During the second half of the 19th century, Prussian historian Leopold Von Ranke popularized a school of thought known as Primacy of foreign policy, (Primat der Aussenpolitik) which called for the strict subordination of domestic factors to the external needs of the State. He argued that foreign policy should be able to override domestic opposition. Ranke’s thought became so influential that Bismarck became one of its adherents. He observed: “Foreign affairs are a purpose of themselves, I rate them higher than all other matters.”
Though Ranke’s idea was questioned lately, the basic conception of a state’s foreign policy being driven by its external needs often at the expense of domestic considerations, remains influential. For instance, modern day neo-realists, the dominant school of international relations theory follow the same intellectual tradition. They do not dispute the existence of competing imperatives at the domestic level, but argue that external forces would overpower domestic factors.
Modern day commonsensical politicians though take this with a pinch of salt. There are two main reasons. One is the virulence of systemic forces (or the anarchy itself) in the international system have lessened thanks to global institutions and globalization. Today few countries face a realistic threat of losing sovereignty or being swallowed up by a powerful state- because retributive cost of such an adventure is heavier than in 19th century Europe. Second, with the spread of democracy and universal suffrage, and now the emergence of a new form of mass politics and proliferation of social media, few politicians could insulate himself from societal pressure without losing the next election. Some of the most pivotal events in recent months, from Donald Trump’s abandonment of Trans Pacific Partnership (TPP), which was part of Obama administration’s pivot to Asia to check China and chaos in the EU and Brexit , paradoxically in the wake of an increasingly troublesome Russia, can only be explained by the function of those domestic factors which have overwhelmed milder systemic imperatives.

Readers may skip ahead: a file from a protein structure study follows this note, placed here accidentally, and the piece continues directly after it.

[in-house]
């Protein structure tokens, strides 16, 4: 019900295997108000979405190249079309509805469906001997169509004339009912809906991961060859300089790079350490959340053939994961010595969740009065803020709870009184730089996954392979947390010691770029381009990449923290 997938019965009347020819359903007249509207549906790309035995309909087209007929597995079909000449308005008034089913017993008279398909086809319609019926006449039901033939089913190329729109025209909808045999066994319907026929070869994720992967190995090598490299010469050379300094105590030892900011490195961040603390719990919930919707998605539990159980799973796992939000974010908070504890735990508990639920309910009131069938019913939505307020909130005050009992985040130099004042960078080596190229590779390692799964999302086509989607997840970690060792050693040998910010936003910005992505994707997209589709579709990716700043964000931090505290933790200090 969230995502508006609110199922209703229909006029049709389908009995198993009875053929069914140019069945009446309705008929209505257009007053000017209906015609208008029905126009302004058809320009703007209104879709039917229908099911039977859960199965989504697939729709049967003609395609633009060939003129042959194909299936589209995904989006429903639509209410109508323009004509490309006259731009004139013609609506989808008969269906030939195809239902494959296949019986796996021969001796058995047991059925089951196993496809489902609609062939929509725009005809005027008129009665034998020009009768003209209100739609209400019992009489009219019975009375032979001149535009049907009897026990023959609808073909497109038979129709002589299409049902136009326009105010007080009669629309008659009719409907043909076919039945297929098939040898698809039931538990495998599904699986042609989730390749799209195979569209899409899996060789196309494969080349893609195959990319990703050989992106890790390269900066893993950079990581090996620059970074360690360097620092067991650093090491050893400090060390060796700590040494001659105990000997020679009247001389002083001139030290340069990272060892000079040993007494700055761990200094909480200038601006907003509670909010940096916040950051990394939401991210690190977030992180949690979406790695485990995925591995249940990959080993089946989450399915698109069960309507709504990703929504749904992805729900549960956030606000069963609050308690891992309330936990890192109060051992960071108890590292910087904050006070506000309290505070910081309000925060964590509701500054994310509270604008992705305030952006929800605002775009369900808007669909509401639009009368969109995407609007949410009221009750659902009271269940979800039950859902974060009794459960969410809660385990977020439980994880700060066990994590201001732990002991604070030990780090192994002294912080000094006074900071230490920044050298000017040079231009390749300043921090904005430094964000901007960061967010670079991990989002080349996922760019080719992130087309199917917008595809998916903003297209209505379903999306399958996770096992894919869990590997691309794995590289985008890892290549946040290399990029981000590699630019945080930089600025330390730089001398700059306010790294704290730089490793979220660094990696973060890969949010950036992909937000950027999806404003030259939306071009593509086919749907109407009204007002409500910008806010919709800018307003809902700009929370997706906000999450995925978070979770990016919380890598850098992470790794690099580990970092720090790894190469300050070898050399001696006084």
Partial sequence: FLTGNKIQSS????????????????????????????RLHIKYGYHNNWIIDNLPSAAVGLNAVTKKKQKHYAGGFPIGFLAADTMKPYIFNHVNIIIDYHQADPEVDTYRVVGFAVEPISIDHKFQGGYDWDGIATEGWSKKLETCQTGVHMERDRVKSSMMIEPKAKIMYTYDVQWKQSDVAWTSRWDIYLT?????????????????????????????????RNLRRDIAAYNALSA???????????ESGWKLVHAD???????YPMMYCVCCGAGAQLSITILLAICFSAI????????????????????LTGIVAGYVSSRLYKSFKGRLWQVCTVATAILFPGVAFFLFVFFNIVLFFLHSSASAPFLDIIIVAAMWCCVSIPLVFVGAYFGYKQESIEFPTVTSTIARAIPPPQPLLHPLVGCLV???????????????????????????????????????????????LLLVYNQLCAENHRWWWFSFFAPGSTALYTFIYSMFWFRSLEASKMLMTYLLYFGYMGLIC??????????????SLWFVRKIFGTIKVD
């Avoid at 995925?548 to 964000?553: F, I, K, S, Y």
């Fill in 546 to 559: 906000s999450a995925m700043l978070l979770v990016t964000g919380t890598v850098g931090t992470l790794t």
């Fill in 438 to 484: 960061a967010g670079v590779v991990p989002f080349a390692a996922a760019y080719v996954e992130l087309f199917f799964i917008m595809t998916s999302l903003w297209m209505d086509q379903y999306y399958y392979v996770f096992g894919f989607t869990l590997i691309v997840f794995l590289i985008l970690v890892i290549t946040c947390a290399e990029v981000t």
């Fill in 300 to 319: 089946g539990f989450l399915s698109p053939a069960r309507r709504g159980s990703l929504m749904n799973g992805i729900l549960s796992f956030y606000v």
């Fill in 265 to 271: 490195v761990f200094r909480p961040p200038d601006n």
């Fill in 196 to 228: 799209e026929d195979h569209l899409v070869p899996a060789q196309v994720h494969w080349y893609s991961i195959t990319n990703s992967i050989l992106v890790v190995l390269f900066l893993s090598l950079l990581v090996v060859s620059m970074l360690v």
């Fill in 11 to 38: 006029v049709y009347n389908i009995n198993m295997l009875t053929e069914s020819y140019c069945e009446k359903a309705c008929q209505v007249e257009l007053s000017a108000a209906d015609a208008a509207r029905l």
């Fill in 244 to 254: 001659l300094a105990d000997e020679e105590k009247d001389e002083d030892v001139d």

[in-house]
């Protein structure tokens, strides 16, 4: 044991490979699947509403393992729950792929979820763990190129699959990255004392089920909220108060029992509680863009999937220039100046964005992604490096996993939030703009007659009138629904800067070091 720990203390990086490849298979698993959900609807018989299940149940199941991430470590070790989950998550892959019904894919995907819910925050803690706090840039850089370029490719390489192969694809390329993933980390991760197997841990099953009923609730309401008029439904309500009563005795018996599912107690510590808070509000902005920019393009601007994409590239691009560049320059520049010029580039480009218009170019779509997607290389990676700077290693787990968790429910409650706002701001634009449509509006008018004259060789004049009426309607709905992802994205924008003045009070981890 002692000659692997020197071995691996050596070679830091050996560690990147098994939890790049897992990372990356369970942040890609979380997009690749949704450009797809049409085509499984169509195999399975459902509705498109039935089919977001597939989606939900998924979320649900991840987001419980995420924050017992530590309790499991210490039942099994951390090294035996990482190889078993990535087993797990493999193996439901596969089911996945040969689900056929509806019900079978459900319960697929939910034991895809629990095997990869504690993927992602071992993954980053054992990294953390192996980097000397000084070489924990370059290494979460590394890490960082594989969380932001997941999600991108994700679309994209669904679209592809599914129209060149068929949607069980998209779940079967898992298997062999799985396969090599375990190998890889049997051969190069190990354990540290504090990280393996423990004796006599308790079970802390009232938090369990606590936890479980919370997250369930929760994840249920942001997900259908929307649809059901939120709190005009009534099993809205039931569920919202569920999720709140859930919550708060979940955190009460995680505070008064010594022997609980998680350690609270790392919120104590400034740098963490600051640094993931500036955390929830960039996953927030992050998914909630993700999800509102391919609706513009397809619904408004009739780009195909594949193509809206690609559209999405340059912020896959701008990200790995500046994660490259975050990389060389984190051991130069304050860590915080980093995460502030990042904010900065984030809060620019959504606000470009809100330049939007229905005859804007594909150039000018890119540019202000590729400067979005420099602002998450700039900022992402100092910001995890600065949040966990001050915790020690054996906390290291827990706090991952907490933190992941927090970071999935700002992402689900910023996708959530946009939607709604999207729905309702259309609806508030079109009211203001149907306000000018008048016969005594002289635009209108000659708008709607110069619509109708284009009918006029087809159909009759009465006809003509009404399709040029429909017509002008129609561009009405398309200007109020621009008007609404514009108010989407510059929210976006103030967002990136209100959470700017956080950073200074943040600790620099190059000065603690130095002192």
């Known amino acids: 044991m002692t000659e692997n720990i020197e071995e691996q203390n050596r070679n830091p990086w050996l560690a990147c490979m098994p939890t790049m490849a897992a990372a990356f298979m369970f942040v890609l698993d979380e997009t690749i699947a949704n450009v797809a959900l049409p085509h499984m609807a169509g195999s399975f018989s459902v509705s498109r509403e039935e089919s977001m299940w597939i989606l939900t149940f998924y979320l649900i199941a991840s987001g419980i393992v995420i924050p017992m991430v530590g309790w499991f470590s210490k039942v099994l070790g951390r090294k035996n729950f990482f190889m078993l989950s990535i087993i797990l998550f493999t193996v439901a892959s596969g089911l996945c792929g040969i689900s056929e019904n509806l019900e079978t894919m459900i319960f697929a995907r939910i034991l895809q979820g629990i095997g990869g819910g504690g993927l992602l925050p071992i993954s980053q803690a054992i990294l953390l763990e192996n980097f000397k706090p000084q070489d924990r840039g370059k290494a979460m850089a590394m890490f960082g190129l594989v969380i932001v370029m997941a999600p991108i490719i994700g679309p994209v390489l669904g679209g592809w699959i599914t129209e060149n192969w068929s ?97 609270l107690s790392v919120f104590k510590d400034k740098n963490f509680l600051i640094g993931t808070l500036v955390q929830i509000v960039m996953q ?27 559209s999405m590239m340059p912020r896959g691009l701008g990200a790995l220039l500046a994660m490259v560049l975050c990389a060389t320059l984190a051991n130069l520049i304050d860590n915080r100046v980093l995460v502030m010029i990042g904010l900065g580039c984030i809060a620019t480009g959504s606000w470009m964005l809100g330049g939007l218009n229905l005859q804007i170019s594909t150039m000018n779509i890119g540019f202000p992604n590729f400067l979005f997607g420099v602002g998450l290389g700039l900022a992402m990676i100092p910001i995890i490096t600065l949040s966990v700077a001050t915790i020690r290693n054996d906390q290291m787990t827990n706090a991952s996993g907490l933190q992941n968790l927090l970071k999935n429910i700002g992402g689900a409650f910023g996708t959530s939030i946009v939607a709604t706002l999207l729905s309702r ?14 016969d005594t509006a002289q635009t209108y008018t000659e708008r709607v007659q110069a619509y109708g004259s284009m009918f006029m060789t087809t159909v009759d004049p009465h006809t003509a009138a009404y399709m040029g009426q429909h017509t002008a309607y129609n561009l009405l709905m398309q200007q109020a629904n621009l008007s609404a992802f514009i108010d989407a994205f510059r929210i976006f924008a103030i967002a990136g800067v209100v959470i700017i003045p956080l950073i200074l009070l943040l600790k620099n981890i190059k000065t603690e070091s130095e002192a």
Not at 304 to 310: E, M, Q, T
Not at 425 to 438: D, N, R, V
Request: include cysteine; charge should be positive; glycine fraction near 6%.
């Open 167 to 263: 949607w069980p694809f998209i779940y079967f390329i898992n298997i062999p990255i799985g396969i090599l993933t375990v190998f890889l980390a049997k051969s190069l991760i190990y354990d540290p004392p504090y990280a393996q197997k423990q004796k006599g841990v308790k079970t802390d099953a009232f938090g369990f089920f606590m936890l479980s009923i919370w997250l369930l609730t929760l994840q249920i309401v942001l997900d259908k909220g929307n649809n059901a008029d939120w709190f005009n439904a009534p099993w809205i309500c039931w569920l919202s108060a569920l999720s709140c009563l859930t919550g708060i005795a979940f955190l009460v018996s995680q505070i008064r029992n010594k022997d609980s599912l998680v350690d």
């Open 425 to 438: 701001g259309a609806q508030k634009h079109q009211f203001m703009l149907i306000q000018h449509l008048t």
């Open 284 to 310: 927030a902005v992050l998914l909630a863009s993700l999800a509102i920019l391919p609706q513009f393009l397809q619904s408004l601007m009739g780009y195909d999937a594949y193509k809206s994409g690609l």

The plus point of the era of mass politics is that foreign policy is no longer a monopoly of the government, when it risked being manipulated by a cabal of elites to advance their interests. The downside of this changing status quo are charlatans – such as the likes of Wimal Weerawansa who asked the public to hoist black flags to protest Modi’s visit and self-interested political pundits doing a hack job for a disgruntled joint opposition - could sway public opinion, often against the very public interest. This dynamic was manifest during and after the Indian prime minister’s visit. Sri Lanka’s self-interest in fostering a greater connectivity with India, especially at a time the Indian economy is growing more than seven per cent and Sri Lanka is looking for investment and technology is self-evident. Infusion of Indian investment is felt more than ever as the government here is going through a period of fiscal consolidating, cutting down on state-led infrastructure development, which was a key driver of economic growth under the former regime. A greater confluence of Indian and Sri Lankan interests would also make India less suspicious of the Chinese economic presence in the island. The objective here is not to reiterate those reasoning -- which have already been dealt with in detail by many others in this newspaper and elsewhere -- but to highlight the troublesome potential of this anti-India demagoguery.